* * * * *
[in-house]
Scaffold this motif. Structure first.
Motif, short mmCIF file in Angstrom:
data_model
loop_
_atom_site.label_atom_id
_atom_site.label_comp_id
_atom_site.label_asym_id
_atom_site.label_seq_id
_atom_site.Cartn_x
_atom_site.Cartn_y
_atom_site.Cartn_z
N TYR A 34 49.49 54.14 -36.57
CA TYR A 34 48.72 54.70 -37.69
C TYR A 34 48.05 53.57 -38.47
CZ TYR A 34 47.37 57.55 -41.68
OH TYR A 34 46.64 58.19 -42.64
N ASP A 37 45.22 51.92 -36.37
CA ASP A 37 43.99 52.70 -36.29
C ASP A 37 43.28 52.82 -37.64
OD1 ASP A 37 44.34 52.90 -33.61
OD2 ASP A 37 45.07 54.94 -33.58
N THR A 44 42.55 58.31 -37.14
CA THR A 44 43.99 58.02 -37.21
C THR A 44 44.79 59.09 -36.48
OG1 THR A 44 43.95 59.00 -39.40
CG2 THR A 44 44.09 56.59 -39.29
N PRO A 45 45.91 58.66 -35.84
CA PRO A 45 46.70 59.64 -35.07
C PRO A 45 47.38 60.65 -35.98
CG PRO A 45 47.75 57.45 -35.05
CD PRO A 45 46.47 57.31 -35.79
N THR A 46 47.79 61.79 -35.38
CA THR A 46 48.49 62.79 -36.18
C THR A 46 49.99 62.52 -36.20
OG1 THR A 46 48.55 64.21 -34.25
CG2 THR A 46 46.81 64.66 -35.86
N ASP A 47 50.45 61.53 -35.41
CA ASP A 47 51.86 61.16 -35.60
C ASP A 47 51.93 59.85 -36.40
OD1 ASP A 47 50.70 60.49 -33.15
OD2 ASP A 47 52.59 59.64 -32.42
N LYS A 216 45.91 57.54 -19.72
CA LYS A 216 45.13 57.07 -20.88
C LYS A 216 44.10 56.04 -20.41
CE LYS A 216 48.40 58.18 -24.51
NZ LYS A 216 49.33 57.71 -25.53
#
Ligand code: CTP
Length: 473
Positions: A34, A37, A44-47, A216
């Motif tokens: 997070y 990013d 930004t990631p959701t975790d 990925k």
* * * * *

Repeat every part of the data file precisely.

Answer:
[in-house]
Scaffold this motif. Structure first.
Motif, short mmCIF file in Angstrom:
data_model
loop_
_atom_site.label_atom_id
_atom_site.label_comp_id
_atom_site.label_asym_id
_atom_site.label_seq_id
_atom_site.Cartn_x
_atom_site.Cartn_y
_atom_site.Cartn_z
N TYR A 34 49.49 54.14 -36.57
CA TYR A 34 48.72 54.70 -37.69
C TYR A 34 48.05 53.57 -38.47
CZ TYR A 34 47.37 57.55 -41.68
OH TYR A 34 46.64 58.19 -42.64
N ASP A 37 45.22 51.92 -36.37
CA ASP A 37 43.99 52.70 -36.29
C ASP A 37 43.28 52.82 -37.64
OD1 ASP A 37 44.34 52.90 -33.61
OD2 ASP A 37 45.07 54.94 -33.58
N THR A 44 42.55 58.31 -37.14
CA THR A 44 43.99 58.02 -37.21
C THR A 44 44.79 59.09 -36.48
OG1 THR A 44 43.95 59.00 -39.40
CG2 THR A 44 44.09 56.59 -39.29
N PRO A 45 45.91 58.66 -35.84
CA PRO A 45 46.70 59.64 -35.07
C PRO A 45 47.38 60.65 -35.98
CG PRO A 45 47.75 57.45 -35.05
CD PRO A 45 46.47 57.31 -35.79
N THR A 46 47.79 61.79 -35.38
CA THR A 46 48.49 62.79 -36.18
C THR A 46 49.99 62.52 -36.20
OG1 THR A 46 48.55 64.21 -34.25
CG2 THR A 46 46.81 64.66 -35.86
N ASP A 47 50.45 61.53 -35.41
CA ASP A 47 51.86 61.16 -35.60
C ASP A 47 51.93 59.85 -36.40
OD1 ASP A 47 50.70 60.49 -33.15
OD2 ASP A 47 52.59 59.64 -32.42
N LYS A 216 45.91 57.54 -19.72
CA LYS A 216 45.13 57.07 -20.88
C LYS A 216 44.10 56.04 -20.41
CE LYS A 216 48.40 58.18 -24.51
NZ LYS A 216 49.33 57.71 -25.53
#
Ligand code: CTP
Length: 473
Positions: A34, A37, A44-47, A216
């Motif tokens: 997070y 990013d 930004t990631p959701t975790d 990925k």